Thanks, Pablo, I understand now. But then you have an additional task of deciding whether each given eigenvalue of the big matrix corresponds to an eigenvector of the special symmetric form? – Alexandre Eremenko Nov 30 '12 at 20:24
Thank you, just what I hoped for. – Hans Engler Nov 30 '12 at 22:18

This is just a guess more than an answer but I think for large $n$ the $k$-th eigenvalue below $1$ should be more or less

$\lambda_k = 1 - \frac{2\pi}{(n+1)^2}k^2.$

The reasoning behind this guess is that you can consider $2n+2$ evenly distributed points on the unit circle and take the symmetric random walk on them. The projection to the $x$ axis (suppose the points are symmetric with respect to this axis) gives you your random walk.

Let $L_n$ be the operator that acts on functions by averaging the value at the two points at distance $\pi/(n+1)$ from the original point. Then $\frac{2}{\pi}(n+1)^2(L_n - I)$ is a finite difference approximation to the second derivative operator $\Delta$.

The spectrum of $\Delta$ are points the points of the form $-k^2$ for $k \in \mathbb{Z}$ but only the even $k$ should count since we're projecting on the $x$ axis. "Solving for the eigenvalues of $L_n$" (if I did it right) gives the above guess.

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Very interesting approach. – Hans Engler Nov 30 '12 at 22:18

The eigenvalues are $$\lambda_j = \cos \left( \frac{j-1}{n} \pi \right), j = 1, \ldots, n$$ I learned this fact from this paper, which gives the following reference for it: Section 16.3, W. Feller. An Introduction to Probability and Its Applications, volume I, Wiley, 1968.

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Thank you, this is a very helpful reference. – Hans Engler Nov 30 '12 at 22:14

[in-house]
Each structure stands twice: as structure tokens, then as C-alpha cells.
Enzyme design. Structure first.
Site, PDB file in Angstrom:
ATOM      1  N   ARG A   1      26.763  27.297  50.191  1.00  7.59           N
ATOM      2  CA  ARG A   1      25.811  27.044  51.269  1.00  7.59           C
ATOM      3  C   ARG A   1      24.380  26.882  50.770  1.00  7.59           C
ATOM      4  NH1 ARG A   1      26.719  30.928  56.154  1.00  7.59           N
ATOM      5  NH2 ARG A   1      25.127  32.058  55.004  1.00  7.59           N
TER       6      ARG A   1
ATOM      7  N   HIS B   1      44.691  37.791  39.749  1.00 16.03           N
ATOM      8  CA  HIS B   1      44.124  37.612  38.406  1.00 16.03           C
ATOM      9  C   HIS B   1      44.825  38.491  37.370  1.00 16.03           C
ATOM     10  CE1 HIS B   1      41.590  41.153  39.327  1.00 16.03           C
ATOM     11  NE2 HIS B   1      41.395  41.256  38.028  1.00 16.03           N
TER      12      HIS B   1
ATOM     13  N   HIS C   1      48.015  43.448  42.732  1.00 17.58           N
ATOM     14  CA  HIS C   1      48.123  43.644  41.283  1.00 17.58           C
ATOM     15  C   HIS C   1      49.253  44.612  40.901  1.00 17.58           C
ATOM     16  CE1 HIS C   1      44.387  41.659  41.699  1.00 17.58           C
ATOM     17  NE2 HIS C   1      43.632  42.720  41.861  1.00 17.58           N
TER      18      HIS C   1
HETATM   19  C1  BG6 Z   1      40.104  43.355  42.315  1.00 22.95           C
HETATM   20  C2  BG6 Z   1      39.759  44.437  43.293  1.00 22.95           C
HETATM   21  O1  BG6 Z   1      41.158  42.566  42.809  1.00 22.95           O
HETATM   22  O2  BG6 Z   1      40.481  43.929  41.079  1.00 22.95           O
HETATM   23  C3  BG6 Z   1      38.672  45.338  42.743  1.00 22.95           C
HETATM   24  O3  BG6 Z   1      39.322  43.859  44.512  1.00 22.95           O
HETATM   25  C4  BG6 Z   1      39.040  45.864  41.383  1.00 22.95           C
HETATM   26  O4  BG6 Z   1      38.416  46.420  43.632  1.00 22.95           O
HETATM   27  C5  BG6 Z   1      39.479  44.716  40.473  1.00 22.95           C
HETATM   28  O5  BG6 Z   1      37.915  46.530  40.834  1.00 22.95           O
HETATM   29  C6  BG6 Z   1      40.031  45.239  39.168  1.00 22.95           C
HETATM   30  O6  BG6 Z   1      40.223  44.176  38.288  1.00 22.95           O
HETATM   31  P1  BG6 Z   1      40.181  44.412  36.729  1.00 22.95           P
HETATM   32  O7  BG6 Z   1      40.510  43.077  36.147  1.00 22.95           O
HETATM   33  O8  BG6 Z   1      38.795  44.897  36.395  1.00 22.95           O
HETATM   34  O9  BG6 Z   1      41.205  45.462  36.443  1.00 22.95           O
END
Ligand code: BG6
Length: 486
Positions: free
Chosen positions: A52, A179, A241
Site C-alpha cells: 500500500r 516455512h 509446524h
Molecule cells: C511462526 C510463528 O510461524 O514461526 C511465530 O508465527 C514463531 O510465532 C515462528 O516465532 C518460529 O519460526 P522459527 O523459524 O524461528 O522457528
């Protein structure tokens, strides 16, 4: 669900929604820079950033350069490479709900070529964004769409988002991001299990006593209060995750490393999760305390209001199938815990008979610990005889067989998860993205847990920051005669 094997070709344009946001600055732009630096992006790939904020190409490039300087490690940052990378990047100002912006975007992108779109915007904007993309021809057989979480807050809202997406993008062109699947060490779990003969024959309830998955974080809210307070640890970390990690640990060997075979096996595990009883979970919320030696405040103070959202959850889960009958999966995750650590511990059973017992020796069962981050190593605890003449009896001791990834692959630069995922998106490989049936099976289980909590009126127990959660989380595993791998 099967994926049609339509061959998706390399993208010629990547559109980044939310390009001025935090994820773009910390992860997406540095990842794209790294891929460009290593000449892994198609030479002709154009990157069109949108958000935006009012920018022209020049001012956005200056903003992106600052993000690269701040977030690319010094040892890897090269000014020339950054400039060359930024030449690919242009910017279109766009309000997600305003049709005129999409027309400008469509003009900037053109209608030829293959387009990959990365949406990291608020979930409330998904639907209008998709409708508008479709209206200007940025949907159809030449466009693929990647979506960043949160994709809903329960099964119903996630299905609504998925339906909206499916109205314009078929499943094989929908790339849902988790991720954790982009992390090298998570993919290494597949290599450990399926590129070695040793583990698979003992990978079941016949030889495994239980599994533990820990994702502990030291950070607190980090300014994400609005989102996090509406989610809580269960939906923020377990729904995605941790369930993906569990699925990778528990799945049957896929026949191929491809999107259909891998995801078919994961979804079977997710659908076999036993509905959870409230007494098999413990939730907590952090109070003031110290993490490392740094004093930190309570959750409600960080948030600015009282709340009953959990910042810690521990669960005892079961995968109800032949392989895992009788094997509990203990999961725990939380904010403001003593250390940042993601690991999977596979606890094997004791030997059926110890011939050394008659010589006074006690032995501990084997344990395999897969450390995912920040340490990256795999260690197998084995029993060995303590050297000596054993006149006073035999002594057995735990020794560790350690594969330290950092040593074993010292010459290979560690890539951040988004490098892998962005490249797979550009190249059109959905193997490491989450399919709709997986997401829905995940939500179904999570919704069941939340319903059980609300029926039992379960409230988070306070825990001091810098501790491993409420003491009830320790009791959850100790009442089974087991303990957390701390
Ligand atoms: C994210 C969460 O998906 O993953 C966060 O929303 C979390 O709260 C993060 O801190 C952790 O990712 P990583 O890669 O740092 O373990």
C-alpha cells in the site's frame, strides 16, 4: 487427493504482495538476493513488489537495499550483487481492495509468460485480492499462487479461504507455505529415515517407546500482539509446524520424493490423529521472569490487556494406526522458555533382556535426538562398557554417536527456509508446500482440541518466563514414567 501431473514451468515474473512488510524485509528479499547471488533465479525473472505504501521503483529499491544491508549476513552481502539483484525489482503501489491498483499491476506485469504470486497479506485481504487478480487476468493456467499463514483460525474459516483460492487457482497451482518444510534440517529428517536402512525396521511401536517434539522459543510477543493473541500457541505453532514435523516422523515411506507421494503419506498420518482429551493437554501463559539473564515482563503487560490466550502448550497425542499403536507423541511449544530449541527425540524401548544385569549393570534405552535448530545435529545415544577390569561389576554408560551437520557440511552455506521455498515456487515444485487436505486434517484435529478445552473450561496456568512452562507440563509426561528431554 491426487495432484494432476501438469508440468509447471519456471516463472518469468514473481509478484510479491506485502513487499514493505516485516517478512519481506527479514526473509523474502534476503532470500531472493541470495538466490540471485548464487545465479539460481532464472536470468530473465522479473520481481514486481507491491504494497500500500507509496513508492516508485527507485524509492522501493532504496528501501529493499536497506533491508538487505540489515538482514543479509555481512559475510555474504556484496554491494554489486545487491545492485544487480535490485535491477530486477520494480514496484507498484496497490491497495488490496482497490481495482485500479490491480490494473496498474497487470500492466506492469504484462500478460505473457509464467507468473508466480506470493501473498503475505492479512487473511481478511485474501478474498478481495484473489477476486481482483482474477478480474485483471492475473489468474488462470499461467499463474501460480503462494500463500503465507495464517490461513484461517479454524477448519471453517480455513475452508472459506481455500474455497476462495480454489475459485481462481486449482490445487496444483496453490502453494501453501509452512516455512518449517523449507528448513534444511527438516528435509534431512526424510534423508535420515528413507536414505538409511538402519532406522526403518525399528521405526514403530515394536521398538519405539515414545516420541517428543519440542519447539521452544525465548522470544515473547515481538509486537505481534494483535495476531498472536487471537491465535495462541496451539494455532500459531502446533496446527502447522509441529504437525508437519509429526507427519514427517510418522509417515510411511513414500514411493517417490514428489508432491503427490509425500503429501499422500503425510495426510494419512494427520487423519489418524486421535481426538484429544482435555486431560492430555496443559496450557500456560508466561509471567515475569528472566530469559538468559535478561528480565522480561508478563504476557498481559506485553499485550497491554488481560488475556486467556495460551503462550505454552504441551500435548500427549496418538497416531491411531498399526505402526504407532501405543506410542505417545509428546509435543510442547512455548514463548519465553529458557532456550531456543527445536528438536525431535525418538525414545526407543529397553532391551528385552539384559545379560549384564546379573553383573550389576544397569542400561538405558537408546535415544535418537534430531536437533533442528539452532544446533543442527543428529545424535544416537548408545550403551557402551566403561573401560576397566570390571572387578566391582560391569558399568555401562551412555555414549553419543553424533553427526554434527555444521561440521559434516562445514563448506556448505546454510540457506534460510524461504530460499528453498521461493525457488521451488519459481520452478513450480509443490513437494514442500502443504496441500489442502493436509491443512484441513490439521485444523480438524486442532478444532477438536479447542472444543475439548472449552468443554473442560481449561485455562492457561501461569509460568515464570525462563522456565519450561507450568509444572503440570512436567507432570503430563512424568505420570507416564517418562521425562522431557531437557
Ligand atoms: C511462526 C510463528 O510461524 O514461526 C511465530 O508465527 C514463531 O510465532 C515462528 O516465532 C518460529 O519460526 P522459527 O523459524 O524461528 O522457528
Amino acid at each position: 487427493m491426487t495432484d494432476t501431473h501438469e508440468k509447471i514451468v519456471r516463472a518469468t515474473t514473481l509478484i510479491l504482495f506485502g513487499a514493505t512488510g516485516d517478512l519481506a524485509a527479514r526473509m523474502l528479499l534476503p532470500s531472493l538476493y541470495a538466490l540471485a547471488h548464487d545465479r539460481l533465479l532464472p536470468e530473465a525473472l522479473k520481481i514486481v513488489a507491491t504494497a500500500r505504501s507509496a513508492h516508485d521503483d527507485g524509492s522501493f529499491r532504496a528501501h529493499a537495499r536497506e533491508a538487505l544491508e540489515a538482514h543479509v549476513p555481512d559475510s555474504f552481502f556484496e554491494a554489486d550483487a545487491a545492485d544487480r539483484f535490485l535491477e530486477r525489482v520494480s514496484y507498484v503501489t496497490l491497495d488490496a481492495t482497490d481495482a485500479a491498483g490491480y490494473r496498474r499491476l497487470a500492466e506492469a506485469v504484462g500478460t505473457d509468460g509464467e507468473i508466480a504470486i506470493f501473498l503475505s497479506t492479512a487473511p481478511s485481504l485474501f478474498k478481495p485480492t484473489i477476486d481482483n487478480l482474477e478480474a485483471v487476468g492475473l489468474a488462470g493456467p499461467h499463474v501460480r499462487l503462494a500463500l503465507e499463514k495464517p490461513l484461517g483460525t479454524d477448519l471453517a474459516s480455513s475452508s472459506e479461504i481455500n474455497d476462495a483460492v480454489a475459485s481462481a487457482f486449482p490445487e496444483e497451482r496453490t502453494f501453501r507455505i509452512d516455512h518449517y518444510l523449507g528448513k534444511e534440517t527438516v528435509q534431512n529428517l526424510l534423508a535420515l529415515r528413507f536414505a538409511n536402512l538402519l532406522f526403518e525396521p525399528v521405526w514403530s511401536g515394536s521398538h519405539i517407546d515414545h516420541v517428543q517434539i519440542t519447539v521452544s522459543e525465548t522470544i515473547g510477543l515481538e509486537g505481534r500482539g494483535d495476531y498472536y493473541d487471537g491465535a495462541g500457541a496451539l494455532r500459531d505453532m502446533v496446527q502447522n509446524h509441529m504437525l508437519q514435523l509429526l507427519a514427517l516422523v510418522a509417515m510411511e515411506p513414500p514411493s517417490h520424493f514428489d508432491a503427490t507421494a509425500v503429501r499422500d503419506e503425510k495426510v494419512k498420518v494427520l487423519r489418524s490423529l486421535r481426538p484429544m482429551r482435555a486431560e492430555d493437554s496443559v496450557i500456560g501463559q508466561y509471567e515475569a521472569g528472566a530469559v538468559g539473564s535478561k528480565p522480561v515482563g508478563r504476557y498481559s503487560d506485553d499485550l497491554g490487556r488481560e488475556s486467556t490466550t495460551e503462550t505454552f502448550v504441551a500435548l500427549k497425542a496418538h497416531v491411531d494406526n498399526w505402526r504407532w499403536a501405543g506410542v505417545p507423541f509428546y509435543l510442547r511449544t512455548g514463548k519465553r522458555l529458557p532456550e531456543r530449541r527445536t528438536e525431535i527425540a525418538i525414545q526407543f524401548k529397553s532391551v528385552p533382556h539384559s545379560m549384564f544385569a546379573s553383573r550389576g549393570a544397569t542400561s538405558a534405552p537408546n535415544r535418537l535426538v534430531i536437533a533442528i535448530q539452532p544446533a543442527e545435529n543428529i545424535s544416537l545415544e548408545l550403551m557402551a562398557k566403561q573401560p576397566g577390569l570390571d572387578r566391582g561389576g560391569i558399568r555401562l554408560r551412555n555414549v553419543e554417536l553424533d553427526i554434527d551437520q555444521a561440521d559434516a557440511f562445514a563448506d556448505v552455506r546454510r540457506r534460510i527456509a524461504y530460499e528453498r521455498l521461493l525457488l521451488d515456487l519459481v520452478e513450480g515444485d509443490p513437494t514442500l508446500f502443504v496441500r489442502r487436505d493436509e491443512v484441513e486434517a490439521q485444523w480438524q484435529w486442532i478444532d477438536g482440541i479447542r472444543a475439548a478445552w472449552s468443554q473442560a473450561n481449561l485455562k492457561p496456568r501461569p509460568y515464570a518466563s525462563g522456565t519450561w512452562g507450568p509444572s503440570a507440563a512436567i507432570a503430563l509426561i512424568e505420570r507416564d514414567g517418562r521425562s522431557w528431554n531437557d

The spectrum of the matrix is computed in the beginning of my preprint:

Rivin, Igor. "Growth in free groups (and other stories)." arXiv preprint math/9911076 (1999).

(there is a published version, too).

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Thank you for providing a wider context. – Hans Engler Nov 30 '12 at 22:18

You certainly have enough answers by now, but another name for these are the Neumann eigenvalues for the discrete heat equation. You can compute them as you would compute the Neumann eigenvalues for the heat equation on an interval. Consider the even reflection of your random walk about 0. This generates a symmetric random walk on -n,...n with periodic boundary conditions. The transition matrix is circulant and the eigenvalues can be computed directly. Equivalently, one can diagonalize via discrete Fourier transform to obtain the eigenvalues.

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Interesting approach, thank you. – Hans Engler Nov 30 '12 at 22:18
For the record, I am saying nothing that Pablo Lessa had not already said earlier. Had I read more carefully before posting I would have realized this. – Aaron Hoffman Nov 30 '12 at 23:22